St. Philips Church is a historical Episcopal church located in the french quarter neighborhood of Charleston, South Carolina.
I was visiting Charleston in early April. It is beginning to become Spring here and I wanted to visit the St. Philip’s cemetery across from the main church. When I finished taking photos in the cemetery, I wandered over to the church to see if it was open. It was and I went into to see this spectacular structure.
Established in 1681, St. Philip’s is the oldest religious congregation in South Carolina. The first St. Philips Church, a wooden building, was built between 1680 and 1681 at the corner of Broad and Meeting streets on the present day site of St. Michael’s Episcopal Church. It was damaged in a hurricane in 1710 and a new St. Phillips Church was begun a few blocks away on Church Street. After being delayed it was finished in 1723 but burned to the ground in 1835. Work on the present church was begun that same year and completed the next. The steeple was added between 1848 and 1850.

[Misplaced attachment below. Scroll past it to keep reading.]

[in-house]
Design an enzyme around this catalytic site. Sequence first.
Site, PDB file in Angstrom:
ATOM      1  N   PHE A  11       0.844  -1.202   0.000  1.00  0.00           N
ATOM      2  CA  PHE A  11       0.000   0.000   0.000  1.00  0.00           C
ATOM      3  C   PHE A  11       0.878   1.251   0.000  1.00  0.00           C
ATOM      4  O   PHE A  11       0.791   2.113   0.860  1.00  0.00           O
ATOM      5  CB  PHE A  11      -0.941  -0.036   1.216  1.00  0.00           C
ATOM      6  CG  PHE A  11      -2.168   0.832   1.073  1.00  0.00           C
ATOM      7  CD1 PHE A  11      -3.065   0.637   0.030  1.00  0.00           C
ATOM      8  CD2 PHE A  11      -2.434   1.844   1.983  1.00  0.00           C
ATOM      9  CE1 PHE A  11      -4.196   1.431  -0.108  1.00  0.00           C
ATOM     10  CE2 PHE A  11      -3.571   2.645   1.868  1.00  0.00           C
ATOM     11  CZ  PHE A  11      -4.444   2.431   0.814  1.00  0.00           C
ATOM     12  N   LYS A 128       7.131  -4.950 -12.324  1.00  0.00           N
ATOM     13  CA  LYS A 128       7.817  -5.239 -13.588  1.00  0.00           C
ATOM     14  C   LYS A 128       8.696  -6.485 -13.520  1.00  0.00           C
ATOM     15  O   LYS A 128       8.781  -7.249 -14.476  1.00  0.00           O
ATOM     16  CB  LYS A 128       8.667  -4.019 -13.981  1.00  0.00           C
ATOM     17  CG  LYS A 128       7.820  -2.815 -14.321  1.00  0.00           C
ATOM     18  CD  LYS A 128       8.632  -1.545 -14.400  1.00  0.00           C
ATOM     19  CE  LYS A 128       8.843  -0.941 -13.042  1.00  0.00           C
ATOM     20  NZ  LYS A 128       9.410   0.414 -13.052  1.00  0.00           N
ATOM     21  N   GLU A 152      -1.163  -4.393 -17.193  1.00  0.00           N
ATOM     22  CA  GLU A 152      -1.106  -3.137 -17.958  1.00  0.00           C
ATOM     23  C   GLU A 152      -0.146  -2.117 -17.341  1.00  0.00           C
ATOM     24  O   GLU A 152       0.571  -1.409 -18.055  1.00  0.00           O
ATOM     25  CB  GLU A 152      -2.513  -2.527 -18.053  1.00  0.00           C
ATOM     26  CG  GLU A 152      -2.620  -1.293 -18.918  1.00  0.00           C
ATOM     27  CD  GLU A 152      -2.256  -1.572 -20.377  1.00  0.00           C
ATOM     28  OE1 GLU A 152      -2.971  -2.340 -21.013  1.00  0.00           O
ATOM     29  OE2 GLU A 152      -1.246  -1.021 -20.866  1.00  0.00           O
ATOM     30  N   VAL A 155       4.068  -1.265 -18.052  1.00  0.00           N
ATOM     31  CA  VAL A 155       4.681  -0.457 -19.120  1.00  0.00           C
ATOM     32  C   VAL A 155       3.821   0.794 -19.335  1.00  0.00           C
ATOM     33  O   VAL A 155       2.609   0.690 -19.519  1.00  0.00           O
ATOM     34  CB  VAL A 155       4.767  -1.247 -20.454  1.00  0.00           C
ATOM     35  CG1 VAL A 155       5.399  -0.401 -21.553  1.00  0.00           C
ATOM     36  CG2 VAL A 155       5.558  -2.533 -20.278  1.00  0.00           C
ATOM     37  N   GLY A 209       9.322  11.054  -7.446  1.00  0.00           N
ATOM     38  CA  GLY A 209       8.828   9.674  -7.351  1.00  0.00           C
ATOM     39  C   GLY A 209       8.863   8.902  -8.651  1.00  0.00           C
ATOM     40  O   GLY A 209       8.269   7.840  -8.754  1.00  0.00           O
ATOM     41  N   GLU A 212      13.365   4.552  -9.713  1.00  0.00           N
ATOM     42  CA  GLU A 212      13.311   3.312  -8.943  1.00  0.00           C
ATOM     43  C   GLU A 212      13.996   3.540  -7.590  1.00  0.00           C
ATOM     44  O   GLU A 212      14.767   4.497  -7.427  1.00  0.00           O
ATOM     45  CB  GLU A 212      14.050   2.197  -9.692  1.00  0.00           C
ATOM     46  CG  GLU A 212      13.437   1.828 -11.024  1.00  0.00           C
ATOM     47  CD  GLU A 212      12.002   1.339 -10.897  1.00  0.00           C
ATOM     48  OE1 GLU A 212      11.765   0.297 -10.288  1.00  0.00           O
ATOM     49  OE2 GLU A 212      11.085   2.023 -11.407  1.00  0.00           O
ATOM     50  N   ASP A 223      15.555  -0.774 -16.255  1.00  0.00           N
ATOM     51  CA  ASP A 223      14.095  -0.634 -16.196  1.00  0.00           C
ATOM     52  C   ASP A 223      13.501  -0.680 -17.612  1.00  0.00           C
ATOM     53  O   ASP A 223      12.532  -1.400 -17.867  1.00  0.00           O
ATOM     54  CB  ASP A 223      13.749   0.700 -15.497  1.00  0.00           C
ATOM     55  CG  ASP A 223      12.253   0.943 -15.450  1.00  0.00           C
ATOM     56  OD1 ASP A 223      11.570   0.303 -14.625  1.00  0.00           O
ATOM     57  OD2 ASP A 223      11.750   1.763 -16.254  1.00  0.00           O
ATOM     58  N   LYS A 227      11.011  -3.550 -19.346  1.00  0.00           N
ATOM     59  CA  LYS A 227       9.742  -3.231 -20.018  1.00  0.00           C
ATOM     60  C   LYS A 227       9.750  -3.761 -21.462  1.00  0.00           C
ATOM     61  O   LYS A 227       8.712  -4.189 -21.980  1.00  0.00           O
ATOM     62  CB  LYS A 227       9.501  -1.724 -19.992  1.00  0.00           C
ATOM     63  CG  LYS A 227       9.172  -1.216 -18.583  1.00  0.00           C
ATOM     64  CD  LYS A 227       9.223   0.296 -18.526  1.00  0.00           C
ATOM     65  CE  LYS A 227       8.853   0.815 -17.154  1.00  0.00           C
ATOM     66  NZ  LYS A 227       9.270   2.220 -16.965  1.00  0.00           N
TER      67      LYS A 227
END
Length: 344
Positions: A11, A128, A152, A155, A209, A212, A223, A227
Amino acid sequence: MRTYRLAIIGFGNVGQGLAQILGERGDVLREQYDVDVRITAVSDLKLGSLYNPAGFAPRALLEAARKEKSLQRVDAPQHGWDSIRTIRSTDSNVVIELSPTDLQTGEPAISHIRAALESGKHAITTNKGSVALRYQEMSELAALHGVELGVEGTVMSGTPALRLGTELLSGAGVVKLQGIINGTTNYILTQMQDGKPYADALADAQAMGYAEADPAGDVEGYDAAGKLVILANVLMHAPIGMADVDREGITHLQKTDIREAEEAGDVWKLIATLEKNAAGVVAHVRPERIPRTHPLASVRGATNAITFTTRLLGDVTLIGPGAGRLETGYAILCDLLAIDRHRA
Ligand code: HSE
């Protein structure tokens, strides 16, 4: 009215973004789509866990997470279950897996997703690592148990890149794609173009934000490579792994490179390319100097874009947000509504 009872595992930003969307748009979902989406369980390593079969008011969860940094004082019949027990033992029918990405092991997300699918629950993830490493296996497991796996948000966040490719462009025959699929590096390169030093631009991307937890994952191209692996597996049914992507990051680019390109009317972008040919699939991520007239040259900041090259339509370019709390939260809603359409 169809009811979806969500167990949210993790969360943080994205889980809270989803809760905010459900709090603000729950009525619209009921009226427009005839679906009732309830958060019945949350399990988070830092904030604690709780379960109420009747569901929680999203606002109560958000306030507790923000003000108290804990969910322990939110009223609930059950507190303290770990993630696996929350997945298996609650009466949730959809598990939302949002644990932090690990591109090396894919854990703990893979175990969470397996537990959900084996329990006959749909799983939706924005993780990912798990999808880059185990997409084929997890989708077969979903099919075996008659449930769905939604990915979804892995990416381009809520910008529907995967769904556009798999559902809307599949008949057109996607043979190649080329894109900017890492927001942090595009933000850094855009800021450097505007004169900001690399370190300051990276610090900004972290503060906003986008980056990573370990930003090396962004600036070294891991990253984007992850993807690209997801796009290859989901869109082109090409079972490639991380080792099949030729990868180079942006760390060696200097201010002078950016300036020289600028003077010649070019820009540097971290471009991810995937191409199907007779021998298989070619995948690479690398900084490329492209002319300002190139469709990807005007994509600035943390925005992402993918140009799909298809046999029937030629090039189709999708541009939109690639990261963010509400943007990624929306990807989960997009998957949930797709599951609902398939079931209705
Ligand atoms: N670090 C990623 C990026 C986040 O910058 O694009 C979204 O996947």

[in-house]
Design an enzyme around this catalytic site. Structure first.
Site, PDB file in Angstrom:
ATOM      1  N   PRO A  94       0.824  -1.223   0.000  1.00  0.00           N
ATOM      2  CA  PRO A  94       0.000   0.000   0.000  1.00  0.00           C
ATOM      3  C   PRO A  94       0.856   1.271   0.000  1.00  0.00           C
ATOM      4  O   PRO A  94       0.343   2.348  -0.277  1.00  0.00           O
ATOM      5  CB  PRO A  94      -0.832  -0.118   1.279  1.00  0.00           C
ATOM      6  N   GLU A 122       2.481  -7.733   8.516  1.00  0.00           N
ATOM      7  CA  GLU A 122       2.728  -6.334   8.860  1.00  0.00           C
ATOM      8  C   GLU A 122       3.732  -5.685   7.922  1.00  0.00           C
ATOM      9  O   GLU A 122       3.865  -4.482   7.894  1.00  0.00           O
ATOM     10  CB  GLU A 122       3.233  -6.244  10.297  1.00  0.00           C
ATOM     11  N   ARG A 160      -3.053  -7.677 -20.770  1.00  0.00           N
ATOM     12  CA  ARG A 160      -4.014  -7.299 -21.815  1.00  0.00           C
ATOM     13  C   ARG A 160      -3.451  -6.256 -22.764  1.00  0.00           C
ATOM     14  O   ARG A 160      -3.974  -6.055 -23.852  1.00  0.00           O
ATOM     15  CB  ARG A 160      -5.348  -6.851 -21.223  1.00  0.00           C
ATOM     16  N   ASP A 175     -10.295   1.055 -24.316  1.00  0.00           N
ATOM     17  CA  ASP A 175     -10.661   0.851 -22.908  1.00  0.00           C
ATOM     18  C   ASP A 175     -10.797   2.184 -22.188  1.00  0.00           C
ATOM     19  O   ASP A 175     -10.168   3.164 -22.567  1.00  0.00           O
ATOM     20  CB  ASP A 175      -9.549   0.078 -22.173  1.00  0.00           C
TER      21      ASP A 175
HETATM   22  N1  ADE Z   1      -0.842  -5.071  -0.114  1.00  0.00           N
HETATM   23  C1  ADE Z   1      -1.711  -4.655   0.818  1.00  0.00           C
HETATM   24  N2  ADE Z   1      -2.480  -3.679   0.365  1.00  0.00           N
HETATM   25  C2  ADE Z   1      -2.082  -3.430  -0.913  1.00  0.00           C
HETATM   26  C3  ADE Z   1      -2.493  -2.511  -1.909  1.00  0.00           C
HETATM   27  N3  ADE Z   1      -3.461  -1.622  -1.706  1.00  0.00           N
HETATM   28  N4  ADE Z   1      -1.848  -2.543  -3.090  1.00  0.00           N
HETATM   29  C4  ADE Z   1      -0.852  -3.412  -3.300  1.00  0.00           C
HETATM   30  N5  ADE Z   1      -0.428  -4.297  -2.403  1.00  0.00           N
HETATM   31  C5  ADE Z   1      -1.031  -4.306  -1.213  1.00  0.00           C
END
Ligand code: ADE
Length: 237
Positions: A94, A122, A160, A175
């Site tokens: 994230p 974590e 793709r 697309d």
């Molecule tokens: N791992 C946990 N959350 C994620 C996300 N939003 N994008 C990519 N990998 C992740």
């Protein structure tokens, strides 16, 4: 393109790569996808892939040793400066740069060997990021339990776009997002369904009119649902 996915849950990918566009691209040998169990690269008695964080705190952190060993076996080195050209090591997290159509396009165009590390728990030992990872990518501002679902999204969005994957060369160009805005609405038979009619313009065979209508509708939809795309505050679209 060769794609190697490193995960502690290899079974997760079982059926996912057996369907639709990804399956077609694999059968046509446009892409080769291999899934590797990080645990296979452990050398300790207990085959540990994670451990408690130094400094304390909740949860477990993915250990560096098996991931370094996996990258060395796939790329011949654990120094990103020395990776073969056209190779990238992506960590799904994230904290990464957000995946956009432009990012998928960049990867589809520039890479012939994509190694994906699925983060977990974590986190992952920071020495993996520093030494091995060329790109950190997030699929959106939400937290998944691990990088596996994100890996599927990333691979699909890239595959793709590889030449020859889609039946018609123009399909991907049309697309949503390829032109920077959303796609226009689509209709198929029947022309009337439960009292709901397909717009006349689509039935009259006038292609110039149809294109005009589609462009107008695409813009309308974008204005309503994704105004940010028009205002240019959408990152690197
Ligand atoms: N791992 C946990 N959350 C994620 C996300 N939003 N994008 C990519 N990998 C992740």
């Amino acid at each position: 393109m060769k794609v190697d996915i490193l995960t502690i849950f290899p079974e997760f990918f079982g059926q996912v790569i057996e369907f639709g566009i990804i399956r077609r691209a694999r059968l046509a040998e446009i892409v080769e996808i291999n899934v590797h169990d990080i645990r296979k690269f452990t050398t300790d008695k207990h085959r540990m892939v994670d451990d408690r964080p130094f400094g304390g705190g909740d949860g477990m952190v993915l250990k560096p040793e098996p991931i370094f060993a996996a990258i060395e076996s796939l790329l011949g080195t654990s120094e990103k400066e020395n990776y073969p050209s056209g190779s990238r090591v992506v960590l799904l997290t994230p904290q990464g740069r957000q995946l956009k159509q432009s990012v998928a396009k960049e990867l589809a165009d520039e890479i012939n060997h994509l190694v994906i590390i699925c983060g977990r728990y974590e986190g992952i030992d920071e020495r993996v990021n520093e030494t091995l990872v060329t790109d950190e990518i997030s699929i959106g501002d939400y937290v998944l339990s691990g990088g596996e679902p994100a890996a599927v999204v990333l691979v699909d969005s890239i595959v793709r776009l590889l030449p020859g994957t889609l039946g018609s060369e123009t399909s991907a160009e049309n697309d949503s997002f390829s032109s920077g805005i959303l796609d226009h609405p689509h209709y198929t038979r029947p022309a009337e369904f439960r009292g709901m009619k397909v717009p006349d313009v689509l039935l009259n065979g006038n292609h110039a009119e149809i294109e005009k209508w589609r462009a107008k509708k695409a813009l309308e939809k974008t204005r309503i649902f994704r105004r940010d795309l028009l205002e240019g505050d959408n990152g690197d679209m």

One of the especially interesting features is the way the pews are set up. Called “Box Pews”, a family would seat themselves and then close the door at the end of the pew. On colder days, this enabled them to heat the pew by bringing a hot brick or stone to church with them. The heat would radiate throughout the pew box and keep them warm.
These images were created using 5 bracketed images merged in HDR Efex Pro. Once blended, I applied minor finishing adjustments to the images to maintain the balance and realism of the scene.
© 2013, The F/Stop Guy: St. Philip’s Church, Charleston, SC